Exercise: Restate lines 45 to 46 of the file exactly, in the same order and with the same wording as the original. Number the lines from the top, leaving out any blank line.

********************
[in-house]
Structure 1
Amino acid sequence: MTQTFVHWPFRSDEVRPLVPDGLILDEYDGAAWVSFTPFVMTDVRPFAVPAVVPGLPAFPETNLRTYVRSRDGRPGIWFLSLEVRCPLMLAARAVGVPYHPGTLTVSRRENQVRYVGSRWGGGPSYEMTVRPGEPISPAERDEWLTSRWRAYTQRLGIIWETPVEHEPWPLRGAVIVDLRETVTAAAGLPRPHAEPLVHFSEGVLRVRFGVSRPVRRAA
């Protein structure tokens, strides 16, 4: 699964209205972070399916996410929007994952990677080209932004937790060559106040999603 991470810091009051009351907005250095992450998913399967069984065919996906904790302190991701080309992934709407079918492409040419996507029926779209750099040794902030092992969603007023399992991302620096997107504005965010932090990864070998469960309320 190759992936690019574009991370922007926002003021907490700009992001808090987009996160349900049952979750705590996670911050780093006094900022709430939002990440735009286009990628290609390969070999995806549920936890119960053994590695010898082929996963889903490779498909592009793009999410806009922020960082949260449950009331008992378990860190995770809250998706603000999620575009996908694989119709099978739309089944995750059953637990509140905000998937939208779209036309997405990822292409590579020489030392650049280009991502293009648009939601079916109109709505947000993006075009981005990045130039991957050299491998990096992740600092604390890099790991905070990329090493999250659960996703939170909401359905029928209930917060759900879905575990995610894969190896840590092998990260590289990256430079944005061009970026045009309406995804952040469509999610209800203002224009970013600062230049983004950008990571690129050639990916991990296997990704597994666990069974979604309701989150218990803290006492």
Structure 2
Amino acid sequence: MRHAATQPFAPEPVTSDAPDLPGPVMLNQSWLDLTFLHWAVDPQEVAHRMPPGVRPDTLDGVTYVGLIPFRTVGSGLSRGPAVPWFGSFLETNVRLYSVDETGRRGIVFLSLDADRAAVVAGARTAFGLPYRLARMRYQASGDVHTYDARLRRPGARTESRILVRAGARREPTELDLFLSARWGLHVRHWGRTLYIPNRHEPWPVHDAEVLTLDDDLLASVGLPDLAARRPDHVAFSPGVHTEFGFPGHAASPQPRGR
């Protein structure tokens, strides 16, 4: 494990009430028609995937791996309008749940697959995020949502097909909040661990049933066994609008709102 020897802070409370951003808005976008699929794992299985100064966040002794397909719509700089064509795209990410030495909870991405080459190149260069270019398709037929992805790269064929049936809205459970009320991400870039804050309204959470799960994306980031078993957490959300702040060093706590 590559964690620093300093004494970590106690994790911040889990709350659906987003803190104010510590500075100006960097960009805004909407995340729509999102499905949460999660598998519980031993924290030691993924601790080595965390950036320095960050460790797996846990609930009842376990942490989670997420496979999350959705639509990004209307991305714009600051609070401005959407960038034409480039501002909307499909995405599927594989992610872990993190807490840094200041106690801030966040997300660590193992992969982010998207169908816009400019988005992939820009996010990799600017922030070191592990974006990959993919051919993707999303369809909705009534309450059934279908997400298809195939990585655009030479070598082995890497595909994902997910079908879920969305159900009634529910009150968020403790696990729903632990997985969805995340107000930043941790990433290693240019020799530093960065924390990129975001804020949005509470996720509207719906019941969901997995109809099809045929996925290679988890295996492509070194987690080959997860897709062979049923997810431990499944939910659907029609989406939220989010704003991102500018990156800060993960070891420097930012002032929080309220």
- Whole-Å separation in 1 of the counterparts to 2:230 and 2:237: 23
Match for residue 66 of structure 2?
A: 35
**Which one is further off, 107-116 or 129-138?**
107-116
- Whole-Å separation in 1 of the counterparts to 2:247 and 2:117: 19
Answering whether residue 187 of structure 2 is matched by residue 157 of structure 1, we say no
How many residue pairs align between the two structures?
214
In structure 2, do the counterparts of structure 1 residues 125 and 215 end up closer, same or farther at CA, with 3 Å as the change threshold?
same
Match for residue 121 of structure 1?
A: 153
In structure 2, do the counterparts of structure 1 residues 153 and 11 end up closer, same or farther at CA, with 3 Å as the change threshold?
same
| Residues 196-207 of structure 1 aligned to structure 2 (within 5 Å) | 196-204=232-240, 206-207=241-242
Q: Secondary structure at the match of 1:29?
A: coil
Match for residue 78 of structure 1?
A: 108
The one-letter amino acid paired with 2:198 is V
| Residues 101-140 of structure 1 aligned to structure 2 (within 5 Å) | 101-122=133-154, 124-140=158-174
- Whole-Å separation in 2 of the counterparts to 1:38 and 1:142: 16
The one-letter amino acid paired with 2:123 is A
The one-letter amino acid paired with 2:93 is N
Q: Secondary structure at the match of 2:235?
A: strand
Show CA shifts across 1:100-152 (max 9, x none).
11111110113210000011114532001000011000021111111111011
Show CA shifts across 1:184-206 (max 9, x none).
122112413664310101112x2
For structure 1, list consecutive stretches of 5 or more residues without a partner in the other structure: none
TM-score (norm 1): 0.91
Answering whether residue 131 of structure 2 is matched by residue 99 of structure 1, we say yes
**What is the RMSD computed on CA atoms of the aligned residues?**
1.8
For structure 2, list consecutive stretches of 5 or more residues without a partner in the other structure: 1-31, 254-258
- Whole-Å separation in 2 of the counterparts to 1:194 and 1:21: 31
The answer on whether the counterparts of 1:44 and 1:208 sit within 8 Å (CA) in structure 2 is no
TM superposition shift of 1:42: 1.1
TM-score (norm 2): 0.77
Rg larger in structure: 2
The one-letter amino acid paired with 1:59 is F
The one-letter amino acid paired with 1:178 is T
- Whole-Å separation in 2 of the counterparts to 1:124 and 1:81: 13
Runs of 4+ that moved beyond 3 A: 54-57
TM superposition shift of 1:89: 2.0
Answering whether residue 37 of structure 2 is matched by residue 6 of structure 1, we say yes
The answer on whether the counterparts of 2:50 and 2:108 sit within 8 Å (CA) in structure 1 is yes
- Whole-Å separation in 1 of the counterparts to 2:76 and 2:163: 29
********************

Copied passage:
- Whole-Å separation in 2 of the counterparts to 1:194 and 1:21: 31
The answer on whether the counterparts of 1:44 and 1:208 sit within 8 Å (CA) in structure 2 is no